• Resource Management: It manages the allocation of resources to the Kubernetes clusters, ensuring that they have the necessary compute, storage, and networking resources.
  • Security: The management host helps enforce security policies and integrates with Azure Arc for governance and compliance across hybrid Kubernetes deployments.

The deployment process typically involves setting up the Windows Admin Center on a Windows Server VM, registering it with Azure, and then using the AKS extension to create and manage Kubernetes clusters on Azure Stack HCI. The VM must have access to the necessary Azure URLs for billing and other Azure services, and it must have appropriate permissions set up in Azure to register applications and perform required operations.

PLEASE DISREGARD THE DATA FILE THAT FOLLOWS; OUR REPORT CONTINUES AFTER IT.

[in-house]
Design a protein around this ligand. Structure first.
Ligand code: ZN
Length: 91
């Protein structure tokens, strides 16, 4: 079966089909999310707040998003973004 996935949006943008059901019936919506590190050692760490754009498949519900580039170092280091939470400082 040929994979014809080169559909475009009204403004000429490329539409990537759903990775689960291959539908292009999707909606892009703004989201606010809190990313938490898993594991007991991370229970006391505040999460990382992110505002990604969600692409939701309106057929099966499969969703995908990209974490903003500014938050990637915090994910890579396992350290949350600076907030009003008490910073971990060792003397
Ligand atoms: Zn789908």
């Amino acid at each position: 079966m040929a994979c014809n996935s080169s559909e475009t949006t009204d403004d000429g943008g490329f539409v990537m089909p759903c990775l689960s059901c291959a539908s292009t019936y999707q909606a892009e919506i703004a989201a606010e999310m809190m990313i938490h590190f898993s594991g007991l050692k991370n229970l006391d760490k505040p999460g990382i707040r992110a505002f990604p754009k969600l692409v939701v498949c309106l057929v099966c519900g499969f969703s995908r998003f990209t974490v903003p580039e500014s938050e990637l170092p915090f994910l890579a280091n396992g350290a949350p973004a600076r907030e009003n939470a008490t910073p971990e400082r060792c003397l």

This management infrastructure ensures that the Kubernetes clusters on Azure Stack HCI can be managed as seamlessly as if they were running in Azure itself, providing a consistent management experience across both environments.

There are two ways we can deploy the Azure Kubernetes Service on HCI. We can use the Windows Admin Center or deploy via PowerShell. In this blog I choose to do it via the Windows Admin Center but I will also provide a blog later on how to deploy the management cluster using PowerShell.

The first step is to logon to our Windows Admin Center,then go to our Cluster Manager and select our cluster we will be deploying AKS. From there we will click on the Azure Kubernetes Service under Cluster Resource section. Here we will click Setup to continue.